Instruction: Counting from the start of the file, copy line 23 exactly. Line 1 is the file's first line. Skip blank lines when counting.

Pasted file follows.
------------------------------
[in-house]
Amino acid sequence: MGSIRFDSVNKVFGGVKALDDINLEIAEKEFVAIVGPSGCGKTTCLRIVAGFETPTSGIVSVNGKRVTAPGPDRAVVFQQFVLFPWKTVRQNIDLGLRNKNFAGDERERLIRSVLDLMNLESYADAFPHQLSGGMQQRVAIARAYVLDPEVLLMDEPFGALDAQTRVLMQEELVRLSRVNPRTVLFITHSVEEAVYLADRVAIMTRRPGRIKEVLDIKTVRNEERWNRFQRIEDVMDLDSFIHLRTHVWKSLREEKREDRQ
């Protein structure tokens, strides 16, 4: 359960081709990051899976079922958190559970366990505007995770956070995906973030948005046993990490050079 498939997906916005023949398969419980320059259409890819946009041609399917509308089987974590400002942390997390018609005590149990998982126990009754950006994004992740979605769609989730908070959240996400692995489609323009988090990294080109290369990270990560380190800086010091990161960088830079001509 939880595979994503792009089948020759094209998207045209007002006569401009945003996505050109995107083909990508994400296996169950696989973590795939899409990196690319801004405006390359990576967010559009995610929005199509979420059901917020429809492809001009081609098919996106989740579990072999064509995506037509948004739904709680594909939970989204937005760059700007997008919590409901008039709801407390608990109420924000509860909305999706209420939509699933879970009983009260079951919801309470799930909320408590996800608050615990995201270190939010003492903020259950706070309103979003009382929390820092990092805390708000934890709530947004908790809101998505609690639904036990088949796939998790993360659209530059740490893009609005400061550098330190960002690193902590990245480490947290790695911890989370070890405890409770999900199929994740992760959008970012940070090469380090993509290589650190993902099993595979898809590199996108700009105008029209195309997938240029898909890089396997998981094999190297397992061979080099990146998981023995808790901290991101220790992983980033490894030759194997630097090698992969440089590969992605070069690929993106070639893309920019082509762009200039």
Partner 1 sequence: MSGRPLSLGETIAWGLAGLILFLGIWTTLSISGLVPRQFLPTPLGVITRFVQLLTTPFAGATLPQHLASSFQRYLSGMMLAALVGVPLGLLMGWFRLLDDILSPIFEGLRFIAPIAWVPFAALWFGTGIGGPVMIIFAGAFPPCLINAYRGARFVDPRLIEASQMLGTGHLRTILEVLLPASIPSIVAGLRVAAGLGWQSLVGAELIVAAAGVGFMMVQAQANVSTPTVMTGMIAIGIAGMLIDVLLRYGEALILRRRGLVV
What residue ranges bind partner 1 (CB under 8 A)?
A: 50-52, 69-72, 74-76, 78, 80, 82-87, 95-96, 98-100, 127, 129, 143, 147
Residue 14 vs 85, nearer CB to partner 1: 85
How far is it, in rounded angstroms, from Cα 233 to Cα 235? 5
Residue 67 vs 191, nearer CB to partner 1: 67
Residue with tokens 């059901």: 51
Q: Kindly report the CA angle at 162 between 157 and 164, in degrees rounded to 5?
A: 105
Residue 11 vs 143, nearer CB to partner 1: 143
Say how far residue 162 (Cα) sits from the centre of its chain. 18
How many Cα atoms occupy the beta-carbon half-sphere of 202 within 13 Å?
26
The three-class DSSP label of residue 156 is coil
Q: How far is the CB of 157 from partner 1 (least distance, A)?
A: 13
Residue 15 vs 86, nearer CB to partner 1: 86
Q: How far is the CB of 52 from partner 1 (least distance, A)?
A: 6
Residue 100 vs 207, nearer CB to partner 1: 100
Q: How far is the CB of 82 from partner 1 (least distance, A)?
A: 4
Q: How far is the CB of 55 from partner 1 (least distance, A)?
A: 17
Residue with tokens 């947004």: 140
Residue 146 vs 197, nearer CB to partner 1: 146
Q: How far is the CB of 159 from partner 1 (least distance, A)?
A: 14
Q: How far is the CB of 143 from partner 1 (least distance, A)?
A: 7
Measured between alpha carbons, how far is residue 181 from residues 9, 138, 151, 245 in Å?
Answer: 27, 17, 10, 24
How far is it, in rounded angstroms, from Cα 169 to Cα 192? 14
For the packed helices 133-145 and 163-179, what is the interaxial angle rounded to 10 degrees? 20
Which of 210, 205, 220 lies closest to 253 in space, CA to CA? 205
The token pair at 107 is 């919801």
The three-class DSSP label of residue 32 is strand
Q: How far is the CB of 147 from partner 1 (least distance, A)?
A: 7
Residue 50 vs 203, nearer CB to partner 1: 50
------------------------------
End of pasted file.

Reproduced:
Residue 100 vs 207, nearer CB to partner 1: 100